A government program that keeps an eye on hospital readmission numbers penalized St. James Healthcare starting this fall, impacting its financial picture.
The Butte-based hospital was one of nine Montana health care facilities hit with the penalty, which went into effect Oct. 1. St. James expects to lose $52,000 as a result of the penalty, said Jay Doyle, St. James Healthcare president through an email.
“St. James will see a .33% reduction in Medicare reimbursements, which is less than half of the national average of .71%,” Doyle wrote through email.
The Medicare program under the Hospital Readmission Reduction Program links Medicare payments to the hospital’s quality of care to try to improve it.
St. James is not alone. In addition to the other Montana hospitals also hit with the penalty, The Bozeman Chronicle previously reported that of the 3,129 hospitals evaluated across the nation, 83% got a penalty hit.
The program looks at heart and lung diseases and hip and knee replacement surgeries and readmissions within a month of care.
Doyle said through email that St. James is “committed to continuously seeking ways to reduce readmissions.”
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He said that when a patient first arrives, he or she gets a “care team” made up of providers, nurses and case managers. The care team works with the patient, plus family members and various facilities the patient might land in after surgery.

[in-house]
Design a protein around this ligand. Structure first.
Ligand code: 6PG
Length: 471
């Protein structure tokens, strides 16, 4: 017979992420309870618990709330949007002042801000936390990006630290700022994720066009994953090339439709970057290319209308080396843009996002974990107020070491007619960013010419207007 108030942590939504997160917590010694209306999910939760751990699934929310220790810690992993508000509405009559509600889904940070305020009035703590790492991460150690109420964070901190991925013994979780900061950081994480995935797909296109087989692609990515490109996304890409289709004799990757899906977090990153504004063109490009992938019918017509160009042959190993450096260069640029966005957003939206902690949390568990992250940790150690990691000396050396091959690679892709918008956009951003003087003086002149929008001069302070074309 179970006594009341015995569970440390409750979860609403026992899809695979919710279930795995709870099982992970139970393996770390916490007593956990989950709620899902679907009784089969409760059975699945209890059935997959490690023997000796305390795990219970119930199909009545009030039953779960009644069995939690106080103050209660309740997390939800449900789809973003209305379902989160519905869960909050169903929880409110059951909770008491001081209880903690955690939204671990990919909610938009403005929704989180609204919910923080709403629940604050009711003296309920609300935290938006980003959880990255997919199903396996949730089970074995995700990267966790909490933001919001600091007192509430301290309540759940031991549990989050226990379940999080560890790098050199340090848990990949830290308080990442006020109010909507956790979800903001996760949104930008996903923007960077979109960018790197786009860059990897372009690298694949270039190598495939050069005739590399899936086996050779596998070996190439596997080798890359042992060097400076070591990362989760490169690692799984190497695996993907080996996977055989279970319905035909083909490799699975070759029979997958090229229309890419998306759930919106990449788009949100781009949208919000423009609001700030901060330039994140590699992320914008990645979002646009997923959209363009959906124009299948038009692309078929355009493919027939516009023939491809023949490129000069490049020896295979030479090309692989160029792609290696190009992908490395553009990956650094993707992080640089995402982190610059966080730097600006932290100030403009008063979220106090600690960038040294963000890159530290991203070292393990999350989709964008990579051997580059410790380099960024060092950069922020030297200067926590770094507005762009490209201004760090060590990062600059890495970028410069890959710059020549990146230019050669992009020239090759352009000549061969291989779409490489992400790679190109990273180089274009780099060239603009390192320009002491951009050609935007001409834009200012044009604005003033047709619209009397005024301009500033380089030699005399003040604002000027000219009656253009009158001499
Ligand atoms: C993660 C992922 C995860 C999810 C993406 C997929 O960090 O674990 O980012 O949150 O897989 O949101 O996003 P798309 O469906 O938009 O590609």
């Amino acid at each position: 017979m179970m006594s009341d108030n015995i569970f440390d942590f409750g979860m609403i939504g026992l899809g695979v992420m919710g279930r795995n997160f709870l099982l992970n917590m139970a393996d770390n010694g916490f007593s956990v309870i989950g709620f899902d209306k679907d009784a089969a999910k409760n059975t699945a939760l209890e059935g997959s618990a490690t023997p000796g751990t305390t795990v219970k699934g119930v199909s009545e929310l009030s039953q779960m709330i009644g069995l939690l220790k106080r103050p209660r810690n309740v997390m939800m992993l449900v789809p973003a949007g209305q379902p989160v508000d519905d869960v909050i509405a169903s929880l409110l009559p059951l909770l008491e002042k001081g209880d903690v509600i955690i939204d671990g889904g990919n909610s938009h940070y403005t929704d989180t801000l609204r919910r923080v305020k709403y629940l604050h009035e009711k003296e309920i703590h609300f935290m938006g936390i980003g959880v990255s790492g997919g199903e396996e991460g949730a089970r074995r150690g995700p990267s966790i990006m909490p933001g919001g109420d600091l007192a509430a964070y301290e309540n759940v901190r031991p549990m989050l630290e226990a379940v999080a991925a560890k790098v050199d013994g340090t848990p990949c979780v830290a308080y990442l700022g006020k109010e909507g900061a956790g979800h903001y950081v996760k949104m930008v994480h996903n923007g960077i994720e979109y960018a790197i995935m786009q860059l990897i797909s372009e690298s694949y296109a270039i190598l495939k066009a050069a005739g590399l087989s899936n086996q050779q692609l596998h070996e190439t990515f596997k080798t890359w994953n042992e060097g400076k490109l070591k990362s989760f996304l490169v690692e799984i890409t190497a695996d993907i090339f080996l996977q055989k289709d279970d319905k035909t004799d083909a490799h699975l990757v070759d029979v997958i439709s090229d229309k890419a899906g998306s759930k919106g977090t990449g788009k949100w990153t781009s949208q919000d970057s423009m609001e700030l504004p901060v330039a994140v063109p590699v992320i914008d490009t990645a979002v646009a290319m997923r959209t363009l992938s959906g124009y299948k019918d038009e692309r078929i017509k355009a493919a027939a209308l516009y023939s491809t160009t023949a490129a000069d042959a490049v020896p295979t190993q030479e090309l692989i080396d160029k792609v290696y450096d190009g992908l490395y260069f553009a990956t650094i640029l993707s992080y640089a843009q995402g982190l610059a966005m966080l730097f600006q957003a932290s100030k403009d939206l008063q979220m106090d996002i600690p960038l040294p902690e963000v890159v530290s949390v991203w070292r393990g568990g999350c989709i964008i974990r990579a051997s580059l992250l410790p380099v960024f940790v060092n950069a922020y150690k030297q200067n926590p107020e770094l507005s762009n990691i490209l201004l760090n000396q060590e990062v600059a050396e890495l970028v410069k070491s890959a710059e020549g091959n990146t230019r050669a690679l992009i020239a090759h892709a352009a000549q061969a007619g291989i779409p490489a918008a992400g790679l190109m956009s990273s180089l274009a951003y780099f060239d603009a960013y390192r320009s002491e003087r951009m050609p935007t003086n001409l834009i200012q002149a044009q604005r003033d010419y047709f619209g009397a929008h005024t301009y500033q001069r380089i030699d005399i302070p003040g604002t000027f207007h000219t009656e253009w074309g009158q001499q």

The care team also schedules follow-up appointments and various types of therapy and education if the patient needs it.
“These are just a few of the ways we can extend our care beyond our four walls to ensure once we discharge a patient they have what they need to continue with their follow-up care and promote long-term healing and wellness,” Doyle wrote.
The Hospital Readmission Reduction Program came about because of the Affordable Care Act, more commonly known as “Obamacare.”
Bob Olsen, senior vice president of the Montana Hospital Association, told the Chronicle that in the last fiscal year, Montana lost $590,000 due to Medicare penalties. But this year, the overall cut is expected to be much lower at $260,000.
Montana hospitals will see $600,000 in bonus payments for improving the quality of care, according to association estimates.
“While we continue to work to improve our processes around post-hospitalization care, we continue to make a determination on whether a patient should be readmitted on the needs and condition of the individual patient,” Doyle wrote.